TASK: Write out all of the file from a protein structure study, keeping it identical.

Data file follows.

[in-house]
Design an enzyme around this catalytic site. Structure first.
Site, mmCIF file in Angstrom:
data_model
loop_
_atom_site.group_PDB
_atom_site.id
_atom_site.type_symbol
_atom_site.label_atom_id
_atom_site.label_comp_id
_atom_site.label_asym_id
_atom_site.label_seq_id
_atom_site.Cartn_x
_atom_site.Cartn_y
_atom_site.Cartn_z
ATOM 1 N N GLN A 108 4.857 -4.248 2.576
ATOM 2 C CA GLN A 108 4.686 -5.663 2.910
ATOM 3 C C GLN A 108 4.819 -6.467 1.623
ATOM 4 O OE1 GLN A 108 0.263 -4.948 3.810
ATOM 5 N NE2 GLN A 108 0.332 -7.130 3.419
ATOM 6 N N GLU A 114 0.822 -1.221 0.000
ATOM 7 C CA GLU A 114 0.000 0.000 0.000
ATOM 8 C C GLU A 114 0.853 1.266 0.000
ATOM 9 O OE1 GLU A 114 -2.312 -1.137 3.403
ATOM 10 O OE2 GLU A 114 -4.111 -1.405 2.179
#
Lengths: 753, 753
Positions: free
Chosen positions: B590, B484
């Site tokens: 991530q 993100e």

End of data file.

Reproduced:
[in-house]
Design an enzyme around this catalytic site. Structure first.
Site, mmCIF file in Angstrom:
data_model
loop_
_atom_site.group_PDB
_atom_site.id
_atom_site.type_symbol
_atom_site.label_atom_id
_atom_site.label_comp_id
_atom_site.label_asym_id
_atom_site.label_seq_id
_atom_site.Cartn_x
_atom_site.Cartn_y
_atom_site.Cartn_z
ATOM 1 N N GLN A 108 4.857 -4.248 2.576
ATOM 2 C CA GLN A 108 4.686 -5.663 2.910
ATOM 3 C C GLN A 108 4.819 -6.467 1.623
ATOM 4 O OE1 GLN A 108 0.263 -4.948 3.810
ATOM 5 N NE2 GLN A 108 0.332 -7.130 3.419
ATOM 6 N N GLU A 114 0.822 -1.221 0.000
ATOM 7 C CA GLU A 114 0.000 0.000 0.000
ATOM 8 C C GLU A 114 0.853 1.266 0.000
ATOM 9 O OE1 GLU A 114 -2.312 -1.137 3.403
ATOM 10 O OE2 GLU A 114 -4.111 -1.405 2.179
#
Lengths: 753, 753
Positions: free
Chosen positions: B590, B484
């Site tokens: 991530q 993100e």